Ads should be relevant to your content, and they should be placed in a way that doesn’t interfere with the user’s experience.

If you’re not sure whether your ads are intrusive, ask a friend or family member to look at your site and give you their honest opinion!

Use clear and straightforward main navigation menus

Your website’s navigation is one of the most critical aspects of your design. It allows visitors to move around your site and find the content they’re looking for.

If your navigation is confusing or difficult to use, visitors will quickly become frustrated and leave your site. Here are a few tips for creating effective navigation:

  • Use clear and descriptive labels for your links.
  • Group similar items together in your menu.
  • If you have an extensive menu, then use drop-down menus to keep your navigation clean and tidy.
  • Make sure your menu is easy to find – it should be in a prominent location on each page of your site.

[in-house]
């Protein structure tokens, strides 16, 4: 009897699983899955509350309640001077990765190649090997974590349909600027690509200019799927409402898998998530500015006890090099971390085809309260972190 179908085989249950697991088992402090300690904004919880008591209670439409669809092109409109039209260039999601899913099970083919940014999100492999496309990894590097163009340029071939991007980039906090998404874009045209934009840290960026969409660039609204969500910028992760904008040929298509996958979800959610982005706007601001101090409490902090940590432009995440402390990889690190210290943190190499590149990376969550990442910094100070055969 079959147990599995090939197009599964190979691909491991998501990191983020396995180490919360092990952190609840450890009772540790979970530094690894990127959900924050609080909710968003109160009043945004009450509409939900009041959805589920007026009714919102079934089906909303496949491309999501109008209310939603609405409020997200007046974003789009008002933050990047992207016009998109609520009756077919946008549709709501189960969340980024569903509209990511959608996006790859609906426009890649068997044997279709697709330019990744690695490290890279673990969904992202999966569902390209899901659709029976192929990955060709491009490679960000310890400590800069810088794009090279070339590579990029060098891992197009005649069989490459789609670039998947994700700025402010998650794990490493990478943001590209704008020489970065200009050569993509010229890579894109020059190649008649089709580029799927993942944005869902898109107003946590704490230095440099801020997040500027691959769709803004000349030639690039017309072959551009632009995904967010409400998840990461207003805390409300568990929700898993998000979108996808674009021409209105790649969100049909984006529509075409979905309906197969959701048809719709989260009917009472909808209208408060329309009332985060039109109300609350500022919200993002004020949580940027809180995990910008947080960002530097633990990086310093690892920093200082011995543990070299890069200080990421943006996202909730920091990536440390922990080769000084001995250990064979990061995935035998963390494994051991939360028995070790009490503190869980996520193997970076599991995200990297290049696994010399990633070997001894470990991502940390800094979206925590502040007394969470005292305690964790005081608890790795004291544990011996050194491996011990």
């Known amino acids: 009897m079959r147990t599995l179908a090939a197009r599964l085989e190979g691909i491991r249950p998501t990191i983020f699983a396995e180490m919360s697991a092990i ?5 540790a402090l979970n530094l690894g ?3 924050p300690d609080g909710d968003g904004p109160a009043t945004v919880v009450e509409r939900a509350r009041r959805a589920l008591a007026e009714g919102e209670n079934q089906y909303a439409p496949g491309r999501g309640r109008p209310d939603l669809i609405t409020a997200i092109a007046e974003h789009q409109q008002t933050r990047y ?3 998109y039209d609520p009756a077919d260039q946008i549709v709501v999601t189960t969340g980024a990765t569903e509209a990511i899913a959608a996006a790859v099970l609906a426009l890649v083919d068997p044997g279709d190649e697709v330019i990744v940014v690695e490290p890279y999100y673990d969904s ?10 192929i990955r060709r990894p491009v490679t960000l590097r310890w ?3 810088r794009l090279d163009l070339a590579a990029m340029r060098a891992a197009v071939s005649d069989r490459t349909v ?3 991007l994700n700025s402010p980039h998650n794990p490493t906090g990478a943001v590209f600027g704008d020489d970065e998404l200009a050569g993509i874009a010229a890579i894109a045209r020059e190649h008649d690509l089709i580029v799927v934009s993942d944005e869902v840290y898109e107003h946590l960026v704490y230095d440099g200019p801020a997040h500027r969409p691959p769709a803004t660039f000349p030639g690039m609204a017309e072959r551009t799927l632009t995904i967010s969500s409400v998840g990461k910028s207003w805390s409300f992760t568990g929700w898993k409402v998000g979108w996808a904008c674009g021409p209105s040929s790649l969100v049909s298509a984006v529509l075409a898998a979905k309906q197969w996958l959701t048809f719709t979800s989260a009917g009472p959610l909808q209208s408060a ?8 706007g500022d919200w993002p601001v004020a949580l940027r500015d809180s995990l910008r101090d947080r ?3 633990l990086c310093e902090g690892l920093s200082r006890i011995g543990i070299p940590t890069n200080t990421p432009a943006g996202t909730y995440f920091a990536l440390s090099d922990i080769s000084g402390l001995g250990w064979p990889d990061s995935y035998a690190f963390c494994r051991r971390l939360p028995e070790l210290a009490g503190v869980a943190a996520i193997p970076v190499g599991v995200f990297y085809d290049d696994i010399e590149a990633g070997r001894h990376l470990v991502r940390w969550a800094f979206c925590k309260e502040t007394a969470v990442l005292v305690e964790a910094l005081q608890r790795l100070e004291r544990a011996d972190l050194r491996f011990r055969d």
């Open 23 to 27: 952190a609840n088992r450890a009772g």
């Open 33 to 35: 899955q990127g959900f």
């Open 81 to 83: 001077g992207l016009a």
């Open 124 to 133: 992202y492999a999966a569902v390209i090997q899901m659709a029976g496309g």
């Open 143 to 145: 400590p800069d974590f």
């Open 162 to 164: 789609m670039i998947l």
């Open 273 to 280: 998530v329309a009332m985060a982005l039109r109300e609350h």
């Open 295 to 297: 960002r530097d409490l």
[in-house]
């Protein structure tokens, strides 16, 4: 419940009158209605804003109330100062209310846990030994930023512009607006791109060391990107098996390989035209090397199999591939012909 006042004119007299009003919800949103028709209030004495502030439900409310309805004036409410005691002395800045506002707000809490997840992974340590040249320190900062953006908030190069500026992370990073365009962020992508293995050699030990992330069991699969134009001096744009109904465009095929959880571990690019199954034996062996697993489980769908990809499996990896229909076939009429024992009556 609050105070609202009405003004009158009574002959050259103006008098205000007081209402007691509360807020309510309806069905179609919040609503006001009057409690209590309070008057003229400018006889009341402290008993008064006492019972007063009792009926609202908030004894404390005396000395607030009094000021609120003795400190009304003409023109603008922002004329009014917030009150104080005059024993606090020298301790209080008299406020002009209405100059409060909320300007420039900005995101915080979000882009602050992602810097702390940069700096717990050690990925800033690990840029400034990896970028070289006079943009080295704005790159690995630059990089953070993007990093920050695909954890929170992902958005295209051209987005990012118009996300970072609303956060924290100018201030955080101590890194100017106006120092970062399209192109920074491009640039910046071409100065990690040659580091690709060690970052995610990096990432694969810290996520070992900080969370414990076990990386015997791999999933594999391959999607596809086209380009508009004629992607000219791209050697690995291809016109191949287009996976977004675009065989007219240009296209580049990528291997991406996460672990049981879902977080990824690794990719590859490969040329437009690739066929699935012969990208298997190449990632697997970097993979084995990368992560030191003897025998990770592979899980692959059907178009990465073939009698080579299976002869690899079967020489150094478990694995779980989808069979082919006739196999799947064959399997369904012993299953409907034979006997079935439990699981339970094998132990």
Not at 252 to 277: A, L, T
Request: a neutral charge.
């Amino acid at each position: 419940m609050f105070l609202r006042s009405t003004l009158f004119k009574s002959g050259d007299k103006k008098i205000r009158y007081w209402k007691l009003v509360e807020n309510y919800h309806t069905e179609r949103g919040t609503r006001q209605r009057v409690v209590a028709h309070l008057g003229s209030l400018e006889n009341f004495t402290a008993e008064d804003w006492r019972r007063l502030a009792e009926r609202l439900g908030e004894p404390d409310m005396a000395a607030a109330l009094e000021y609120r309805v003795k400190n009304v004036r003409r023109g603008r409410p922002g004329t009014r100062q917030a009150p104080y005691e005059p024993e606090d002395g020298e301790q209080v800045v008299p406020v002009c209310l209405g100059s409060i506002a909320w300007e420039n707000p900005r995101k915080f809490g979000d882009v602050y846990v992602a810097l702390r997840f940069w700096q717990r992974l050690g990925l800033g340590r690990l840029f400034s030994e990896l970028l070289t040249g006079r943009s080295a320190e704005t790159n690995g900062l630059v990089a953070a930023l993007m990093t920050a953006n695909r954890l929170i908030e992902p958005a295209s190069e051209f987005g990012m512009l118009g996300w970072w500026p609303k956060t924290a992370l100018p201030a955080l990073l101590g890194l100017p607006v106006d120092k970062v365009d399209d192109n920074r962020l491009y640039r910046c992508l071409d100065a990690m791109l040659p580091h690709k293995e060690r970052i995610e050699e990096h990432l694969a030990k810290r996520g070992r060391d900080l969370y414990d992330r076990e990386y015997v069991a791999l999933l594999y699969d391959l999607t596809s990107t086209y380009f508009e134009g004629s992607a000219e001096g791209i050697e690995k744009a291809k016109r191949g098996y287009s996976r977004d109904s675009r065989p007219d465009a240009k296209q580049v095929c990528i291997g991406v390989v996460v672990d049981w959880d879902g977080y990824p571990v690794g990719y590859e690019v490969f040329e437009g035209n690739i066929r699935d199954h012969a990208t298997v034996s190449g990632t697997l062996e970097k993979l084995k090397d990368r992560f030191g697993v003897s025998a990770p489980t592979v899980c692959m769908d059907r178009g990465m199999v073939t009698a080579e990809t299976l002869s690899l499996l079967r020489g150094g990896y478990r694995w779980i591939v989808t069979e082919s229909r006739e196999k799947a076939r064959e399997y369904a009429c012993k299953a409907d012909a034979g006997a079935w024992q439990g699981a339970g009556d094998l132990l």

• Avoid using too much animation, especially around navigation
  • “Burger menus” are cool, but consider the impact on your users if your website is highly reliant on your main menu for navigation


All of the above comes down to providing a good user experience for your website by optimising page speed, making your content load fast, removing intrusive adverts and keeping navigation obvious and easy to use.

By paying attention to the little details, web designers, developers and website owners can create a better user experience that will result in more sales and conversions.

Speak to Riselabs about implementing all of the above on your website today.


Boosting business productivity through tailored tech solutions | Transforming challenges into opportunities! CEO @Riselabs